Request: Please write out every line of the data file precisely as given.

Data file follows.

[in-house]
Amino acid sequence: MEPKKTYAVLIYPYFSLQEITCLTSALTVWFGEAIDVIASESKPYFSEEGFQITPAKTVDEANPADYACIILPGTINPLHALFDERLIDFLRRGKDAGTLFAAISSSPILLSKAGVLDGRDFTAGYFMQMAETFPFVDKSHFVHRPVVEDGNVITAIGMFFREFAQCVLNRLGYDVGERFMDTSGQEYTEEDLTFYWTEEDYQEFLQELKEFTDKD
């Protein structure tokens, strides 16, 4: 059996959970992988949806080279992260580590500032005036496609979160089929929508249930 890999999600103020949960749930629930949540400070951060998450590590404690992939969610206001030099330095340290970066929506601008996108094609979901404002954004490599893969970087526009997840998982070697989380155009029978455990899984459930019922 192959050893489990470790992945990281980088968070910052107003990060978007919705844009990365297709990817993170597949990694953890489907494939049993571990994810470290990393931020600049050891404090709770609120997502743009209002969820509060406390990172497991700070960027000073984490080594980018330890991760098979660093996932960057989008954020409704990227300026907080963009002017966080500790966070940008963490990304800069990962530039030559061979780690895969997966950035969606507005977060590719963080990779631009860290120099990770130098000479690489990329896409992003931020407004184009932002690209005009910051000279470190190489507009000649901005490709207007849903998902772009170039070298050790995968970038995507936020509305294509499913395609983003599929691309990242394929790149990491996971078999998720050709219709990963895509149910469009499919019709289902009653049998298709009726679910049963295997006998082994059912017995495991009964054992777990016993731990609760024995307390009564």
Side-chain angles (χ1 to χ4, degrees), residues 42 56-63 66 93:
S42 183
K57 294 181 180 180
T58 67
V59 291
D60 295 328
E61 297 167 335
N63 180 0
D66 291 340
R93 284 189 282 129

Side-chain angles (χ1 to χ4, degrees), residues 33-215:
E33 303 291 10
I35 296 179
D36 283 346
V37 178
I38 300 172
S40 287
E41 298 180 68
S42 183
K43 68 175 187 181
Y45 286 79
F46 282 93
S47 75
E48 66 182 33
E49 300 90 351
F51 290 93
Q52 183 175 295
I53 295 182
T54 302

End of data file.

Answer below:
[in-house]
Amino acid sequence: MEPKKTYAVLIYPYFSLQEITCLTSALTVWFGEAIDVIASESKPYFSEEGFQITPAKTVDEANPADYACIILPGTINPLHALFDERLIDFLRRGKDAGTLFAAISSSPILLSKAGVLDGRDFTAGYFMQMAETFPFVDKSHFVHRPVVEDGNVITAIGMFFREFAQCVLNRLGYDVGERFMDTSGQEYTEEDLTFYWTEEDYQEFLQELKEFTDKD
């Protein structure tokens, strides 16, 4: 059996959970992988949806080279992260580590500032005036496609979160089929929508249930 890999999600103020949960749930629930949540400070951060998450590590404690992939969610206001030099330095340290970066929506601008996108094609979901404002954004490599893969970087526009997840998982070697989380155009029978455990899984459930019922 192959050893489990470790992945990281980088968070910052107003990060978007919705844009990365297709990817993170597949990694953890489907494939049993571990994810470290990393931020600049050891404090709770609120997502743009209002969820509060406390990172497991700070960027000073984490080594980018330890991760098979660093996932960057989008954020409704990227300026907080963009002017966080500790966070940008963490990304800069990962530039030559061979780690895969997966950035969606507005977060590719963080990779631009860290120099990770130098000479690489990329896409992003931020407004184009932002690209005009910051000279470190190489507009000649901005490709207007849903998902772009170039070298050790995968970038995507936020509305294509499913395609983003599929691309990242394929790149990491996971078999998720050709219709990963895509149910469009499919019709289902009653049998298709009726679910049963295997006998082994059912017995495991009964054992777990016993731990609760024995307390009564």
Side-chain angles (χ1 to χ4, degrees), residues 42 56-63 66 93:
S42 183
K57 294 181 180 180
T58 67
V59 291
D60 295 328
E61 297 167 335
N63 180 0
D66 291 340
R93 284 189 282 129

Side-chain angles (χ1 to χ4, degrees), residues 33-215:
E33 303 291 10
I35 296 179
D36 283 346
V37 178
I38 300 172
S40 287
E41 298 180 68
S42 183
K43 68 175 187 181
Y45 286 79
F46 282 93
S47 75
E48 66 182 33
E49 300 90 351
F51 290 93
Q52 183 175 295
I53 295 182
T54 302